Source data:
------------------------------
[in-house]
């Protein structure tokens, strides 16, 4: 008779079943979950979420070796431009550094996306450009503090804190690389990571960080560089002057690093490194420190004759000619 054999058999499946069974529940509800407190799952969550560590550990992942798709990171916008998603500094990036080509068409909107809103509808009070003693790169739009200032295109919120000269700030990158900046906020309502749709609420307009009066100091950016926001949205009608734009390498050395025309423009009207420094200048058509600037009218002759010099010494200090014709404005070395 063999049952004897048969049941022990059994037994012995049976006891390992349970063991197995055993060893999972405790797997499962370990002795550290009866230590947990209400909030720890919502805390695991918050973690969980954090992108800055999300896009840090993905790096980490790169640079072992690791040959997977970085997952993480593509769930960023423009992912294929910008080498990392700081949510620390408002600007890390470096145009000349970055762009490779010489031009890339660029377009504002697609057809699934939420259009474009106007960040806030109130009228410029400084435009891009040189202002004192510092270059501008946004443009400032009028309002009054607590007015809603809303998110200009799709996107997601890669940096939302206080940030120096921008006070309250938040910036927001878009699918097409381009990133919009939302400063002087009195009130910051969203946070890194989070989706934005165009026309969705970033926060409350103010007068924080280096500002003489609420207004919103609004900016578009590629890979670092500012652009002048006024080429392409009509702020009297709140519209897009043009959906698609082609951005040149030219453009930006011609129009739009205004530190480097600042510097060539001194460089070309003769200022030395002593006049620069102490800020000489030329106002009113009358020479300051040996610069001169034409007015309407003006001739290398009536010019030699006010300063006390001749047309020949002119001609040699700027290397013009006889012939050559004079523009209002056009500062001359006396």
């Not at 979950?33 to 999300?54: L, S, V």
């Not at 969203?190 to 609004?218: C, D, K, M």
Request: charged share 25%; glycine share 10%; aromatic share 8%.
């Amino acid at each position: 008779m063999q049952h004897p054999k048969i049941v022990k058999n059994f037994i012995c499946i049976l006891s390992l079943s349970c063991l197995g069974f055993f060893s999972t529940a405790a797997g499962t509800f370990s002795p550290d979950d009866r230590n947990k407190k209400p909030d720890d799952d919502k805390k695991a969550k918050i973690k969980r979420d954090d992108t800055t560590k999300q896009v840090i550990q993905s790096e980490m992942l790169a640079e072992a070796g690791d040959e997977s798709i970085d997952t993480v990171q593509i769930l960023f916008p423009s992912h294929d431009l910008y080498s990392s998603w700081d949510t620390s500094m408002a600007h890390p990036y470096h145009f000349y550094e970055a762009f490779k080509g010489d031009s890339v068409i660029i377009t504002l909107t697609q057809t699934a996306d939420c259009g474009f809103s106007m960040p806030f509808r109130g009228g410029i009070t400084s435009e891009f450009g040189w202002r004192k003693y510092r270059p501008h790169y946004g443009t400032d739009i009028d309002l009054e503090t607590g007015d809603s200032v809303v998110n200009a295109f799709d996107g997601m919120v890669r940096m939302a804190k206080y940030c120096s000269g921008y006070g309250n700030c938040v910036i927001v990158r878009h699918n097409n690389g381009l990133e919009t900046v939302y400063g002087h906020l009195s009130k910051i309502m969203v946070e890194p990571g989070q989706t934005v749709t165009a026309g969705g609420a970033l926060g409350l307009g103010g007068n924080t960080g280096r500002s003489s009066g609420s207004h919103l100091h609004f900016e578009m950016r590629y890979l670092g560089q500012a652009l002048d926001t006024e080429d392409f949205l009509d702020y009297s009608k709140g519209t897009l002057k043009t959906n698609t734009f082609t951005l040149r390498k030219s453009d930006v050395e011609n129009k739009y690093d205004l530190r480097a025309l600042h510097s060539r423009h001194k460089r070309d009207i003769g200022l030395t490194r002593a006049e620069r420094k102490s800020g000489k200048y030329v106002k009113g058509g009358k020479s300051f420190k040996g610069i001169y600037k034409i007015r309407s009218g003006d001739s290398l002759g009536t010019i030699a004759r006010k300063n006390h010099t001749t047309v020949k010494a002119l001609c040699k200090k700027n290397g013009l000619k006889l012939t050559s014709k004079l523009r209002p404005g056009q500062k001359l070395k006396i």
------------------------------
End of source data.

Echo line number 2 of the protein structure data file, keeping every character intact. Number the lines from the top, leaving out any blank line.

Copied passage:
């Protein structure tokens, strides 16, 4: 008779079943979950979420070796431009550094996306450009503090804190690389990571960080560089002057690093490194420190004759000619 054999058999499946069974529940509800407190799952969550560590550990992942798709990171916008998603500094990036080509068409909107809103509808009070003693790169739009200032295109919120000269700030990158900046906020309502749709609420307009009066100091950016926001949205009608734009390498050395025309423009009207420094200048058509600037009218002759010099010494200090014709404005070395 063999049952004897048969049941022990059994037994012995049976006891390992349970063991197995055993060893999972405790797997499962370990002795550290009866230590947990209400909030720890919502805390695991918050973690969980954090992108800055999300896009840090993905790096980490790169640079072992690791040959997977970085997952993480593509769930960023423009992912294929910008080498990392700081949510620390408002600007890390470096145009000349970055762009490779010489031009890339660029377009504002697609057809699934939420259009474009106007960040806030109130009228410029400084435009891009040189202002004192510092270059501008946004443009400032009028309002009054607590007015809603809303998110200009799709996107997601890669940096939302206080940030120096921008006070309250938040910036927001878009699918097409381009990133919009939302400063002087009195009130910051969203946070890194989070989706934005165009026309969705970033926060409350103010007068924080280096500002003489609420207004919103609004900016578009590629890979670092500012652009002048006024080429392409009509702020009297709140519209897009043009959906698609082609951005040149030219453009930006011609129009739009205004530190480097600042510097060539001194460089070309003769200022030395002593006049620069102490800020000489030329106002009113009358020479300051040996610069001169034409007015309407003006001739290398009536010019030699006010300063006390001749047309020949002119001609040699700027290397013009006889012939050559004079523009209002056009500062001359006396």